Enrollees in Arkansas' private-option health insurance program would be limited to eight Medicaid-funded rides to or from medical appointments per year under a proposal unveiled by state officials Friday.
The limit on nonemergency medical transportation is contained in proposed amendments to the "special terms and conditions" of the federal waiver that authorizes the private option, which allowed the state to expand its Medicaid population largely through coverage purchased for recipients on the state's health insurance exchange.
The proposed amended version of the terms and conditions were released for public comment Friday, the deadline imposed by special language the Legislature attached to the appropriation bill for the Medicaid program during this year's fiscal session.
The amendments also spell out the state's plans to require many private-option enrollees to have "independence accounts" encouraging them to make monthly payments, ranging from $5 to $25, to help pay for the cost of their medical care.
The special legislative language requires the amendments to be submitted to the U.S. Department of Health and Human Services by Sept. 15, and for the changes to be in place by Feb. 1.
Nonemergency medical transportation is required by federal Medicaid rules but not covered by the private plans, so the state pays for the service for private-option enrollees directly through the traditional Medicaid program as a "wraparound" benefit.
From Jan. 1, when coverage under the private option started, through June, the state had spent $2.5 million in federal dollars on the service for private-option enrollees.
Suzanne Bierman, assistant director of the state's Medicaid program, said private-option enrollees are more likely than those in the traditional Medicaid program to be working and have access to their own transportation.
"There's also a cost factor associated with this," State Department of Human Services spokesman Amy Webb said. "This is one of the more expensive benefits for the wraparound services, and the Legislature wanted us to limit it."
The expansion of the Medicaid program, approved by the Legislature last year, extended coverage to adults with incomes up to 138 percent of the federal poverty level: $16,105 for an individual, for instance, or $32,913 for a family of four.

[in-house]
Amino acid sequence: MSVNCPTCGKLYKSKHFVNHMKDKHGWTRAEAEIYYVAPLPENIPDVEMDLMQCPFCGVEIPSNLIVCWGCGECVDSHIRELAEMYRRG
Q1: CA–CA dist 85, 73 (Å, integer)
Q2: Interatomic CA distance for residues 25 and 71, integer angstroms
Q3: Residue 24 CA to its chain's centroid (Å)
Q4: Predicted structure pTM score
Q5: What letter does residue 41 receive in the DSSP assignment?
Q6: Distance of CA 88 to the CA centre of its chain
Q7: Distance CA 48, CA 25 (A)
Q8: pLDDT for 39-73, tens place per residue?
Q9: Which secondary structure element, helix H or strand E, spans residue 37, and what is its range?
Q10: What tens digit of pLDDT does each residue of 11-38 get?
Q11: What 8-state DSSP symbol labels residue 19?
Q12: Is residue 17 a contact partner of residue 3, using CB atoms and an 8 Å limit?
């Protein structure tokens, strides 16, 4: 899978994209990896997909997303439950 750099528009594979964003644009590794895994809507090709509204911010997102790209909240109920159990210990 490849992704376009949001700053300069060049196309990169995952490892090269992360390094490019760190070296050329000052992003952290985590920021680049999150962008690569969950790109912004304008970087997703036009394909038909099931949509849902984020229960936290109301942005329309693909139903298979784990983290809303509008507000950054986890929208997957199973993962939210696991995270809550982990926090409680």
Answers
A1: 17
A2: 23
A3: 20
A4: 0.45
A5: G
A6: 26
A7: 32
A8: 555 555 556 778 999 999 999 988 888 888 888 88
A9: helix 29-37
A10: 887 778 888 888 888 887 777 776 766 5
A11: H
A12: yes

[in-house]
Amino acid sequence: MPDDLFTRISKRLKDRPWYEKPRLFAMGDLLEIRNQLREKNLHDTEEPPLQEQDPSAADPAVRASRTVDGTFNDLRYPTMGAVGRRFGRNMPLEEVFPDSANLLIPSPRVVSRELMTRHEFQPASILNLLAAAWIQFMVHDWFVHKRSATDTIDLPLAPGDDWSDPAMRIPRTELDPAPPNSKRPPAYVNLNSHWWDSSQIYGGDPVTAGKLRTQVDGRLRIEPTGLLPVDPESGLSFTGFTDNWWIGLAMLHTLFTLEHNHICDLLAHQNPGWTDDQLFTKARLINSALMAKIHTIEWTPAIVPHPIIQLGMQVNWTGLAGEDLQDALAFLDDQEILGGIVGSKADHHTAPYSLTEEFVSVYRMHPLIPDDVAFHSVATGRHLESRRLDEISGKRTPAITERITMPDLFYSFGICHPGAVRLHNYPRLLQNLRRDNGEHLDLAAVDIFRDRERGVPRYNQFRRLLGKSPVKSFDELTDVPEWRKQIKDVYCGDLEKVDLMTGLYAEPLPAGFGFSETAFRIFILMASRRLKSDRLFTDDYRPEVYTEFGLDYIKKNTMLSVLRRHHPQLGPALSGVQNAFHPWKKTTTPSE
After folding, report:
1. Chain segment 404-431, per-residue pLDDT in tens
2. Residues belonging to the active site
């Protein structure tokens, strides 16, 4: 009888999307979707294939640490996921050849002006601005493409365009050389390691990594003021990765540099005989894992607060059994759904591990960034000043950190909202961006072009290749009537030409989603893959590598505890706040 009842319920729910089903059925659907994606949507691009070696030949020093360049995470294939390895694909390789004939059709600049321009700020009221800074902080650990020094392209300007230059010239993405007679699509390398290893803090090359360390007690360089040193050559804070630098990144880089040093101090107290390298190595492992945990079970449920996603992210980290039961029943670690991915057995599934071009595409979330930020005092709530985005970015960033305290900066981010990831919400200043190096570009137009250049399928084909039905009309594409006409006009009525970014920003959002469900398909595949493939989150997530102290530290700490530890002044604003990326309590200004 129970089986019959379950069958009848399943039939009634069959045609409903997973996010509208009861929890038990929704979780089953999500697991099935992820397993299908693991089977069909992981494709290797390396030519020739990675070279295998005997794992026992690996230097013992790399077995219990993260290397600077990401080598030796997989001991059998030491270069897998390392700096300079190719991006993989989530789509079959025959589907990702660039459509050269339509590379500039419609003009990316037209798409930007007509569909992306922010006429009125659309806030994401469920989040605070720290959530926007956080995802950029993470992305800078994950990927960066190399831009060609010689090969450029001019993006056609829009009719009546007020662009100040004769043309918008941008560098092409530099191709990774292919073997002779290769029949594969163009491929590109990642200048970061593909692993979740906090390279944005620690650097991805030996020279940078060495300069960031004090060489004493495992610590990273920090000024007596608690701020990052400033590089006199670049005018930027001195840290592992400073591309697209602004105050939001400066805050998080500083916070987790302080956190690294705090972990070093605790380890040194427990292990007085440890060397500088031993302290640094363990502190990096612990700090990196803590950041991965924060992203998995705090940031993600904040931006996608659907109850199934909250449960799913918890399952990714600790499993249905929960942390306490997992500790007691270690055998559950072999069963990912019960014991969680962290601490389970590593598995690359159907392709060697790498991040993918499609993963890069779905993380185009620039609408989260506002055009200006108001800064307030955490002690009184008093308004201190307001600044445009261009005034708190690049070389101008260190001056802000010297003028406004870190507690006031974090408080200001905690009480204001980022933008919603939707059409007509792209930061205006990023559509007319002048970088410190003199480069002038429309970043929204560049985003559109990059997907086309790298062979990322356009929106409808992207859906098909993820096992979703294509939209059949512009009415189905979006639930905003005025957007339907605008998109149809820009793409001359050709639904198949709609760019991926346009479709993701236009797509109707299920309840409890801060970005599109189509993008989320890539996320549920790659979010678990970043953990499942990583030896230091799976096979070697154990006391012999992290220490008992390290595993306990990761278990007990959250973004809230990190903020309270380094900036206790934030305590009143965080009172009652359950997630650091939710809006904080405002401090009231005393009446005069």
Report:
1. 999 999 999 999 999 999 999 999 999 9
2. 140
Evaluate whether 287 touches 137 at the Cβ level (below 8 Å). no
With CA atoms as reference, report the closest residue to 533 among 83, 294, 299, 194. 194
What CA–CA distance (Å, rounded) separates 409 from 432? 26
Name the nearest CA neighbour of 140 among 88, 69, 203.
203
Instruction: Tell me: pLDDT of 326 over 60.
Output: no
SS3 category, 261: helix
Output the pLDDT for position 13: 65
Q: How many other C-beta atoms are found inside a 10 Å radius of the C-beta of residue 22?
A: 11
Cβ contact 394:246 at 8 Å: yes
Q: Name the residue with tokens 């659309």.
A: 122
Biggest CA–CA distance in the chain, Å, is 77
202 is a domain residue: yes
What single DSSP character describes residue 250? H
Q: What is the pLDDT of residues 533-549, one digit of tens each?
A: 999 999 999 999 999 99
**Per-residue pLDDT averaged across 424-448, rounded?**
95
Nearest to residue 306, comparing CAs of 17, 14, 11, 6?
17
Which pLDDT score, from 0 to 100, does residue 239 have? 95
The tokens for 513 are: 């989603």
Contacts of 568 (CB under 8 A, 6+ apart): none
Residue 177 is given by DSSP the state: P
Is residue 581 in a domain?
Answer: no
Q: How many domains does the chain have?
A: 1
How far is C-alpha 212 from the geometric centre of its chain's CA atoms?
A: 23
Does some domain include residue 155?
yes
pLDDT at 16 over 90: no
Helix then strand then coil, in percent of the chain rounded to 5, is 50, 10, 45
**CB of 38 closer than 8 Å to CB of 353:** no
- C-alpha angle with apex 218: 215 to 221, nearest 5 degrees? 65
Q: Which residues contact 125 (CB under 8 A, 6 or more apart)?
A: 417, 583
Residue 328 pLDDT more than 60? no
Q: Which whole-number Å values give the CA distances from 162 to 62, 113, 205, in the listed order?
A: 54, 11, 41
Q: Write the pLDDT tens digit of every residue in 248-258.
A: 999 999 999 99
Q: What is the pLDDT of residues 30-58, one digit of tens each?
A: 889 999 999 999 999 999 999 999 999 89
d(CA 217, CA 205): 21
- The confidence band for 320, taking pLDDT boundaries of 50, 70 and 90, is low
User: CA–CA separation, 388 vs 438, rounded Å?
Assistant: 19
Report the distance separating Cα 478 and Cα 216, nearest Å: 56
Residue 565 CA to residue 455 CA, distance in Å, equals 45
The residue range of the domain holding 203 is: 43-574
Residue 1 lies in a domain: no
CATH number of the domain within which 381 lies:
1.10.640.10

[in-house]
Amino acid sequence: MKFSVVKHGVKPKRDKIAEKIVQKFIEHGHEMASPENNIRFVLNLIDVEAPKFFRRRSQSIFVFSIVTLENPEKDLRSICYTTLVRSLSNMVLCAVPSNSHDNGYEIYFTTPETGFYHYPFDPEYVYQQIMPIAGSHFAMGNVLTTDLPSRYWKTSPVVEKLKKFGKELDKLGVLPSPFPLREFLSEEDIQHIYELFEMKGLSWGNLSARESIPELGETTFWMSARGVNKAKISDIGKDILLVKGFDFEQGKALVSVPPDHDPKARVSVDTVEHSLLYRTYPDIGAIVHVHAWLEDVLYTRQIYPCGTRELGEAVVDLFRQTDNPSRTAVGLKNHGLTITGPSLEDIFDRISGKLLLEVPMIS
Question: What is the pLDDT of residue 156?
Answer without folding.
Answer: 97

As of June 30, 157,183 Arkansans were enrolled in the private option, while an additional 19,508 newly eligible adults were assigned to the traditional Medicaid program because their health needs were considered exceptional.
The state now provides nonemergency medical transportation to those on the private option, as well as those in the traditional Medicaid program, through contracts with seven private companies and nonprofit organizations.
Medicaid recipients, including private-option enrollees, who lack access to other transportation are eligible for the service.
The vendors, known as transportation brokers, have been paid a certain amount every month for every eligible Medicaid recipient in their service areas, regardless of how many recipients use the service.
In January, the state amended the contracts to include a "utilization factor," that adjusts the monthly fees every quarter based on the number of rides provided per recipient during an earlier three-month period, said Dan Adams, a manager with the state Medicaid program.
Since April 1, he said, the adjustment has been saving the Medicaid program about $250,000 a month.
The utilization factor prevented the "expenditure spike that we would have seen otherwise without it, and it didn't allow for these brokers to get a windfall, or as much of one, for these people who are presumptively lower utilizers," he said.
The proposed waiver amendment would limit private-option enrollees to eight "trip legs," or one-way rides, per year. But recipients "may request additional units" through an "extension of benefits process," according to the proposed amendment.